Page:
Colorful case of hydrogen

Hydrogen | Industries | Howden

Hydrogen is the chemical element with the symbol H and atomic number 1. Hydrogen is the lightest element. At standard conditions hydrogen is a gas of diatomic molecules having the formula H2. It is colorless, odorless, tasteless,[8] non-toxic, and highly combustible. Hydrogen is the most abundant chemical substance in the universe, constituting roughly 75% of all normal matter.

In the era of sustainability, Hydrogen could contribute significantly. It is considered as the fuel for future. It could be used in nuclear fusion and other innovative ideas which could be a game changer in current scenario.

Realizing the role of hydrogen, it has been classified into different categories based on color. They are:

Green hydrogen

Green hydrogen is hydrogen produced by splitting water by electrolysis. This produces only hydrogen and oxygen. We can use the hydrogen and vent the oxygen to the atmosphere with no negative impact. To achieve the electrolysis we need electricity, we need power.

Blue hydrogen

Blue hydrogen is touted as a low-carbon fuel that is used for generating electricity, heating buildings, and powering cars, trains, trucks etc. It is produced by separating natural gas into hydrogen and carbon dioxide (CO2). Blue hydrogen is often touted as a low-carbon fuel for generating electricity and storing energy, powering cars, trucks and trains and heating buildings.

Grey hydrogen

Grey Hydrogen is hydrogen produced using fossil fuels such as natural gas. Unfortunately, this accounts from roughly 95% of the hydrogen produced in the world today. Most of the hydrogen produced today is gray hydrogen. It is relatively inexpensive and commonly used in the chemical industry to make fertilizer and for refining oil.

Black or brown hydrogen

Black or brown hydrogen is produced from coal. The black and brown colors refer to the type bituminous (black) and lignite (brown) coal. The gasification of coal is a method used to produce hydrogen. It’s considered the least environmentally friendly, creating as much carbon dioxide as burning the source fuel would have in the first place.  For every tons of brown hydrogen produced, around 10-12 tons of CO2 are produced.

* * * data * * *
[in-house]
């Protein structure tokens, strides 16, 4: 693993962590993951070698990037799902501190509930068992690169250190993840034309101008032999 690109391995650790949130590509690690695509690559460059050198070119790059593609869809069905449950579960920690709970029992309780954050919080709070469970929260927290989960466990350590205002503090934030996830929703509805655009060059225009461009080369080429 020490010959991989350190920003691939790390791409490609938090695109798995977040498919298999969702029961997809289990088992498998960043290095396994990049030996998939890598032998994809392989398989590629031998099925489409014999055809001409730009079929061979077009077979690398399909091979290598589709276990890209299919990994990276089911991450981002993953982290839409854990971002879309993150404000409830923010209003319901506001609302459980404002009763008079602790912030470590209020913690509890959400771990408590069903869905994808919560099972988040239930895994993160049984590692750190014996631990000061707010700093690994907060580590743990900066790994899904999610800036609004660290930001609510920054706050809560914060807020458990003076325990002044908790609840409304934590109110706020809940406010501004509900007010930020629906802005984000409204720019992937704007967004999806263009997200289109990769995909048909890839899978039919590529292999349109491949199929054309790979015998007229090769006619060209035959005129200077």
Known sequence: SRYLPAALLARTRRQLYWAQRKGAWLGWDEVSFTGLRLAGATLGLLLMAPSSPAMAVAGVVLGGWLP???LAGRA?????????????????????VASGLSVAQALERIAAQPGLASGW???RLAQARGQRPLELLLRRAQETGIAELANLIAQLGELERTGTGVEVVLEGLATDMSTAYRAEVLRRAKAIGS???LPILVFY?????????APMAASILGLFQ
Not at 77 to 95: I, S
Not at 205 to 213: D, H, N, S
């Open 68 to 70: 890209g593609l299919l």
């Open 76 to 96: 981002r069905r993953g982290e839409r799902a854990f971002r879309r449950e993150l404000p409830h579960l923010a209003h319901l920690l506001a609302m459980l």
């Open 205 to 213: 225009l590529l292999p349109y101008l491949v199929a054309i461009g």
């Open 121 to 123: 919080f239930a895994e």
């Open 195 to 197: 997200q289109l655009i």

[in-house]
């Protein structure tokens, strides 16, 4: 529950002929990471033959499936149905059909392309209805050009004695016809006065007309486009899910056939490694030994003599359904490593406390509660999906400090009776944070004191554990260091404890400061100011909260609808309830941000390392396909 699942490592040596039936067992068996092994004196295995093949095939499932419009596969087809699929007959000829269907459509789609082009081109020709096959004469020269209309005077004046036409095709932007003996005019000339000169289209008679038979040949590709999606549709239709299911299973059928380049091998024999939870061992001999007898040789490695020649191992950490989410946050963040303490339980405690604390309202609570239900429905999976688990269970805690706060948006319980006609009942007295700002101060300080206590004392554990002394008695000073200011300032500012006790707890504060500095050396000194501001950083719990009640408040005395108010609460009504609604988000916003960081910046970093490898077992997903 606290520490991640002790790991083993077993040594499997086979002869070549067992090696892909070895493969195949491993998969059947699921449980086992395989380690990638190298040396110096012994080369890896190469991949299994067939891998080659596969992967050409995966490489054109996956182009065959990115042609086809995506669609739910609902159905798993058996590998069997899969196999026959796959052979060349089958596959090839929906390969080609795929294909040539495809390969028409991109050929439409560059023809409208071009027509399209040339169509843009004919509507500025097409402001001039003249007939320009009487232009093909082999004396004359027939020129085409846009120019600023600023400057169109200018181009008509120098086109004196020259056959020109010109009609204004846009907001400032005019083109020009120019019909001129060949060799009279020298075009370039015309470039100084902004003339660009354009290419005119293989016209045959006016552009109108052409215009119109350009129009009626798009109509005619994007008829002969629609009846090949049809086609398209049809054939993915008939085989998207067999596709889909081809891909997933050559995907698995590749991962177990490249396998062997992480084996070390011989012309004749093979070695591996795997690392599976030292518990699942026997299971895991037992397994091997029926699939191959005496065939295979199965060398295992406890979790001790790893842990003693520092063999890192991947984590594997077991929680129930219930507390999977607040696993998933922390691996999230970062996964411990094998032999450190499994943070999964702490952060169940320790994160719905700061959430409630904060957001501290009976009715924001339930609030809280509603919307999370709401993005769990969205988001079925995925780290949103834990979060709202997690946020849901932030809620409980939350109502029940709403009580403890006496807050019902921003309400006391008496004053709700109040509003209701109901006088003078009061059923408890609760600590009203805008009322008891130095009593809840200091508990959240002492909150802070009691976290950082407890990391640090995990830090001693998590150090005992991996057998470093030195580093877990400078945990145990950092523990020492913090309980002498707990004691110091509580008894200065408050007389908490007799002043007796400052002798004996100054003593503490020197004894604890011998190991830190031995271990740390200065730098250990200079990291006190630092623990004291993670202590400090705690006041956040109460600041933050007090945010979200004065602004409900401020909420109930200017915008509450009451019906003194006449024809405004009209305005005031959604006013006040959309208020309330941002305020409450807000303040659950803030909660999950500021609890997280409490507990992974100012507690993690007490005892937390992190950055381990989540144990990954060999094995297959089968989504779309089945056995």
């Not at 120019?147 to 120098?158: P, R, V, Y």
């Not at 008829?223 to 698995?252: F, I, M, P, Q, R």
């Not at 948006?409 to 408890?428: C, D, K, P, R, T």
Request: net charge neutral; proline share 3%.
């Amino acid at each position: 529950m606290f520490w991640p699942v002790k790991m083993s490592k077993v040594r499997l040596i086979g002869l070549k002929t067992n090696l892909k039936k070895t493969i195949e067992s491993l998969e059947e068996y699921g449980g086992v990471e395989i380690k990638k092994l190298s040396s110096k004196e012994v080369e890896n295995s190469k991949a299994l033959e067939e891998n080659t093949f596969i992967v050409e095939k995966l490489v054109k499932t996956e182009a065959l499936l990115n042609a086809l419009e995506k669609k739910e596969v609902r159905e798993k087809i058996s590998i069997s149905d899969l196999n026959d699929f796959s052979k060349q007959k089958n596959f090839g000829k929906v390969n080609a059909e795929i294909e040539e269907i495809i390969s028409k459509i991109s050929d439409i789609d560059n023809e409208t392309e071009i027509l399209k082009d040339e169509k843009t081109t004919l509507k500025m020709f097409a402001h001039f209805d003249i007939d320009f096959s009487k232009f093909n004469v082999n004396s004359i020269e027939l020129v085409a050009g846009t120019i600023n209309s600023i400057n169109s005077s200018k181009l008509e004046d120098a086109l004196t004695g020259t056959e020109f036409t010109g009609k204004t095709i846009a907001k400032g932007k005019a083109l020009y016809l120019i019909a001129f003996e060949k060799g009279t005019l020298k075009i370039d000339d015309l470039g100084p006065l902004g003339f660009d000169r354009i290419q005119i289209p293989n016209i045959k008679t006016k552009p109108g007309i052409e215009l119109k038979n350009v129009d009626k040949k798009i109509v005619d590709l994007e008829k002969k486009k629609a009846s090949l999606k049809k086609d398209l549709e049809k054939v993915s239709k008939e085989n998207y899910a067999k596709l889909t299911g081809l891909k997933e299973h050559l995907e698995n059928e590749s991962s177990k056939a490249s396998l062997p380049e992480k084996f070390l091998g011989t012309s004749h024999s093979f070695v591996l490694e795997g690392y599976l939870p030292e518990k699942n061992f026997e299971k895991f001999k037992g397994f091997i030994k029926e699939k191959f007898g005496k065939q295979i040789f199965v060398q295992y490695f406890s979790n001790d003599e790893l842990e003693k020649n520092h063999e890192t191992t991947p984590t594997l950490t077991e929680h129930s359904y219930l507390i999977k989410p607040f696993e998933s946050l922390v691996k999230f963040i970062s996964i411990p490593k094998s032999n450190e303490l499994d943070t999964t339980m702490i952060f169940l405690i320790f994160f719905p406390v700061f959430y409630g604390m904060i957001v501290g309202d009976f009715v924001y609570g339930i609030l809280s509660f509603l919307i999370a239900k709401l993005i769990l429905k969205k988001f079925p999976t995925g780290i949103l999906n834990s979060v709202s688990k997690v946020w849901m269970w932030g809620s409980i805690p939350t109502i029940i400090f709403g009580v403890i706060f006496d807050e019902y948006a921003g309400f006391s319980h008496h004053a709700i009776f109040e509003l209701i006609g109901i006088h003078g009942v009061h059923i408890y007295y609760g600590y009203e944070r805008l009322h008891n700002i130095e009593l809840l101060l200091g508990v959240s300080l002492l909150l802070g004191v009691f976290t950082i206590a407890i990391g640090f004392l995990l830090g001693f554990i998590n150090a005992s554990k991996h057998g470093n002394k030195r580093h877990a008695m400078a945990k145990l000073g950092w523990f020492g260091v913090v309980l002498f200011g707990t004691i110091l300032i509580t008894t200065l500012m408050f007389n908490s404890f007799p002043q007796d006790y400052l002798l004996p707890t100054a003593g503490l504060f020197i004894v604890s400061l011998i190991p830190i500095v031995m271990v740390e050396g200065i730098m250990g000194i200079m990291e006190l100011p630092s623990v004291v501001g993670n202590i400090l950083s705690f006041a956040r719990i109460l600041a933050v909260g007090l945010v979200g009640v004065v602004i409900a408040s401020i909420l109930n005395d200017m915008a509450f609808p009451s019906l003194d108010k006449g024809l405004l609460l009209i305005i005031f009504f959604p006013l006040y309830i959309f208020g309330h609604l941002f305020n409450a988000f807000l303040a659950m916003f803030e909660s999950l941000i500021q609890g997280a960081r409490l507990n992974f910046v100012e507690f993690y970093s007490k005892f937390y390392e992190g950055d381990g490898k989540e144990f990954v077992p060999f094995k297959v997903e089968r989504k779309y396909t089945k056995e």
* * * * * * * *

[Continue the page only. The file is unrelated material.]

Turquoise hydrogen

Turquoise hydrogen is made using a process called methane pyrolysis to produce hydrogen and solid carbon. In the future, turquoise hydrogen may be valued as a low-emission hydrogen, dependent on the thermal process being powered with renewable energy and the carbon being permanently stored or used.

Purple hydrogen

Nuclear-produced hydrogen can also be referred to as purple hydrogen or red hydrogen. In addition, the very high temperatures from nuclear reactors could be used in other hydrogen productions by producing steam for more efficient electrolysis or fossil gas-based steam methane reforming.

Pink hydrogen

Pink hydrogen is generated through electrolysis powered by nuclear energy. Nuclear-produced hydrogen can also be referred to as purple hydrogen or red hydrogen. The Saudi royal and politician said that women are particularly pleased to see progress being made in this industry.

White hydrogen

White hydrogen is a naturally-occurring geological hydrogen found in underground deposits and created through fracking. There are no strategies to exploit this hydrogen at present.

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